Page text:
Min Song has been appointed the Institute of Electrical and Electronics Engineers (IEEE) Communications Society Director of Conference Operations for 2016-2017. The IEEE Communications Society promotes the advancement of science, technology and applications in communications and related disciplines. It fosters presentation and exchange of information among its members and the technical community throughout the world. The Society maintains the highest standard of professionalism and technical competency.
Min Song received a $221,797 NSF grant. The title of the project is The Ontology of Inter-Vehicle Networking with Spatio-Temporal Correlation and Spectrum Cognition. In this project, Min will investigate the fundamental understanding and challenges of inter-vehicle networking, including theoretical foundation and constraints in practice that enable such networks to achieve their performance limits. This is a 3-year collaborative project with NC State with a total budget of $495,414.
Min Song (CS) has received a $299,716 grant from the National Science Foundation for a research and development project titled, EAGER: NeTS: Under-Ice Mobile Networking: Exploratory Study of Network Cognition and Mobility Control. This is a two-year project.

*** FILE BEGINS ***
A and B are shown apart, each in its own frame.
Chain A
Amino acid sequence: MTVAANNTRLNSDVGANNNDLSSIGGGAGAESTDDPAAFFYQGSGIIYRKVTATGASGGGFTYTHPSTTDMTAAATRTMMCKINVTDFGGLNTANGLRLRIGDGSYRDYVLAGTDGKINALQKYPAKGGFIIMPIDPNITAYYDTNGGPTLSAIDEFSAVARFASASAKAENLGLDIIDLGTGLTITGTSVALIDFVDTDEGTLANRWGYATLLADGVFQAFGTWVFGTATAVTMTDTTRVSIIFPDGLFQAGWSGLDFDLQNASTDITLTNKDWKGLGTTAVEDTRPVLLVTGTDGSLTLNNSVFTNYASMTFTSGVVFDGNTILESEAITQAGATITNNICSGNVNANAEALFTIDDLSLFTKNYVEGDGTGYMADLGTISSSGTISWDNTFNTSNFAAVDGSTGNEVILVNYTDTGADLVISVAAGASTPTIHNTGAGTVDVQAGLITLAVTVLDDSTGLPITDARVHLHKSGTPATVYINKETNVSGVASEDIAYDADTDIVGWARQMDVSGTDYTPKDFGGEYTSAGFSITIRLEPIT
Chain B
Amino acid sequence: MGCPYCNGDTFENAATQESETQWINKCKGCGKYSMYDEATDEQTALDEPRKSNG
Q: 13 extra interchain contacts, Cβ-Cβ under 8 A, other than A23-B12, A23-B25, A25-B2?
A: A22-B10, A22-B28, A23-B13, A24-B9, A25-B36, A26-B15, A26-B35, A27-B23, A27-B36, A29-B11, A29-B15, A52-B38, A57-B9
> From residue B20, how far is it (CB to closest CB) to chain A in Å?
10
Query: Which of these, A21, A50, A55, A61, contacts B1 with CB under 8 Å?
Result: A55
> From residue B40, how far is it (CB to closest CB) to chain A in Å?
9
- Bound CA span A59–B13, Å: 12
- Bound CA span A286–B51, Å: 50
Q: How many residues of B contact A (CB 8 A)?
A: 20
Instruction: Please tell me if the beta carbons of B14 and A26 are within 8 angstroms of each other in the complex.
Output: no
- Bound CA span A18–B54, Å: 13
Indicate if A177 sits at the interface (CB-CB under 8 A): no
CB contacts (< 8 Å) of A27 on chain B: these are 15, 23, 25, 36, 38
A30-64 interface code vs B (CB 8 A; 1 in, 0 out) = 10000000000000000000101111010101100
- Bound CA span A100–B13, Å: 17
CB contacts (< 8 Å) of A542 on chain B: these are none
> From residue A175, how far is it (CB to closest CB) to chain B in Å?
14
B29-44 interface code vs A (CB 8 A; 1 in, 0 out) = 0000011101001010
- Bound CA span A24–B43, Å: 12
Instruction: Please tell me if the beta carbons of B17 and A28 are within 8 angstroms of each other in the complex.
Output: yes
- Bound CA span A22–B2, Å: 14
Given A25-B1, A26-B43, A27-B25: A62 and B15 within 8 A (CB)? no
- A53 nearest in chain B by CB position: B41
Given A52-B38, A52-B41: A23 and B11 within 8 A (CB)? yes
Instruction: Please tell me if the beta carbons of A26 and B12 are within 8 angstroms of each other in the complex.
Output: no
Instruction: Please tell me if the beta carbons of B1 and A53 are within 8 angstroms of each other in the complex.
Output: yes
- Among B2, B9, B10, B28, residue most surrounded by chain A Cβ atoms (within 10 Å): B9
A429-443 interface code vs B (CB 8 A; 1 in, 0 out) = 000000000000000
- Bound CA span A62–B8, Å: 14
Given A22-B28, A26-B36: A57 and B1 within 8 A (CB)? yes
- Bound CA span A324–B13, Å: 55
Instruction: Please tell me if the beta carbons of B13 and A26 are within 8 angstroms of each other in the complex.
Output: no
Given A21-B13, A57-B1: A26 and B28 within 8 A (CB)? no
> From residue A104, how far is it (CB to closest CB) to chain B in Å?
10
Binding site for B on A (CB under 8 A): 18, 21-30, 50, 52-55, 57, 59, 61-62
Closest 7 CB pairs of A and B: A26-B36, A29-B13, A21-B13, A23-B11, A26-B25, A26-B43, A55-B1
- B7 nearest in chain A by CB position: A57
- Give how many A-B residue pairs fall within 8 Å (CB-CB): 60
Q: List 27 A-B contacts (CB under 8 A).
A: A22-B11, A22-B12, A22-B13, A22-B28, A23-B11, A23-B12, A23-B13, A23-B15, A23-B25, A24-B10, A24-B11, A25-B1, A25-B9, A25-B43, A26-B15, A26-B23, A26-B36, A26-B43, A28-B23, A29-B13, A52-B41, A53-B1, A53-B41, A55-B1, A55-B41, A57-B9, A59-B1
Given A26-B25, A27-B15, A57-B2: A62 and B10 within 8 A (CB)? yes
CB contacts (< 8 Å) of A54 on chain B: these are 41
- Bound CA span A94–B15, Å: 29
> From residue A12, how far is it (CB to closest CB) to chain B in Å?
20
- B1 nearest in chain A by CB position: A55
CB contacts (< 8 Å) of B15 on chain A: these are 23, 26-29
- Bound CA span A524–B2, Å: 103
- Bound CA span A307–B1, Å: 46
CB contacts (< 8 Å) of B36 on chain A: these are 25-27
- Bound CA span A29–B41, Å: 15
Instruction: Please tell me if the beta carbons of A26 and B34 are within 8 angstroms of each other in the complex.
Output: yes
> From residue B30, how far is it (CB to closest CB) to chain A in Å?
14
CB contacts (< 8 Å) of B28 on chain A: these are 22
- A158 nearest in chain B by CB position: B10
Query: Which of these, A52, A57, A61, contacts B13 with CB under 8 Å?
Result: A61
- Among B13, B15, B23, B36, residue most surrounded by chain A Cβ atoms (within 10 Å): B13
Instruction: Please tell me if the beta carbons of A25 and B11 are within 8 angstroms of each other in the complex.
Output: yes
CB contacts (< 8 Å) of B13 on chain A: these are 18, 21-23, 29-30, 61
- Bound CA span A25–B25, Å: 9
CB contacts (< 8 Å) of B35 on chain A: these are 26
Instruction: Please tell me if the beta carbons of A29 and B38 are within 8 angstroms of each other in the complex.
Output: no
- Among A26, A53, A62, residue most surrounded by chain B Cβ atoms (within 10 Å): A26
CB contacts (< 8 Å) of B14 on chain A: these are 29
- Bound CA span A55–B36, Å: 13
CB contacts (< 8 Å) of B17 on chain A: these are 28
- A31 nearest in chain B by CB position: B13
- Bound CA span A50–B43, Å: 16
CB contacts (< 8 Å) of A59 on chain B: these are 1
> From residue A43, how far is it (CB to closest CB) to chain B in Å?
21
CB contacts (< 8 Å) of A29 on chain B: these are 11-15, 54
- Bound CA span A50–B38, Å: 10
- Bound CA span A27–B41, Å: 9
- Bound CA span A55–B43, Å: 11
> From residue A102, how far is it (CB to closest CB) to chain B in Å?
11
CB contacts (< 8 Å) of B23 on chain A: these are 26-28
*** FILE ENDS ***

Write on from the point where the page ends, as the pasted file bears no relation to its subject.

Min Song, Chair of Computer Sciences Department and Director of the Institute of Computing and Cybersystems, chaired the 24th International Conference on Computer Communications and Networks (ICCCN) held in Las Vegas in early August 2015. ICCCN is one of the leading international conferences for presenting novel ideas and fundamental advances in the fields of computer communications and networks. ICCCN serves to foster communication among researchers and practitioners with a common interest in improving communications and networking through scientific and technological innovation. Song was the panel chair of ICCCN 2014.
Michigan Tech recently established the Institute of Computing and Cybersystems (ICC), a new research institute to promote research and learning experiences in the areas of mobile computing, cybersecurity, cyber physical systems, cyber human systems and computer systems. ICC is the research arm of the Alliance of Computing, Information and Automation (ACIA).
“The Institute of Computing and Cybersystems will be a focal point for research in computer-related areas, and fits well into the Michigan Tech model of research centers that reach across multiple academic boundaries,” says Dave Reed, Vice President for Research. “There has been some consolidation of existing research organizations on campus, and partly because of that I am optimistic that the ICC will achieve the critical mass necessary for major funding opportunities and external visibility.”
ICC is currently composed of three centers: Center of Mobile Computing and Cybersecurity (MCC), Center of Cyber Physical Systems (CPS) and Center of Cyber Human Systems (CHS). The Center for Computer Systems Research (CCSR) will be folded into ICC.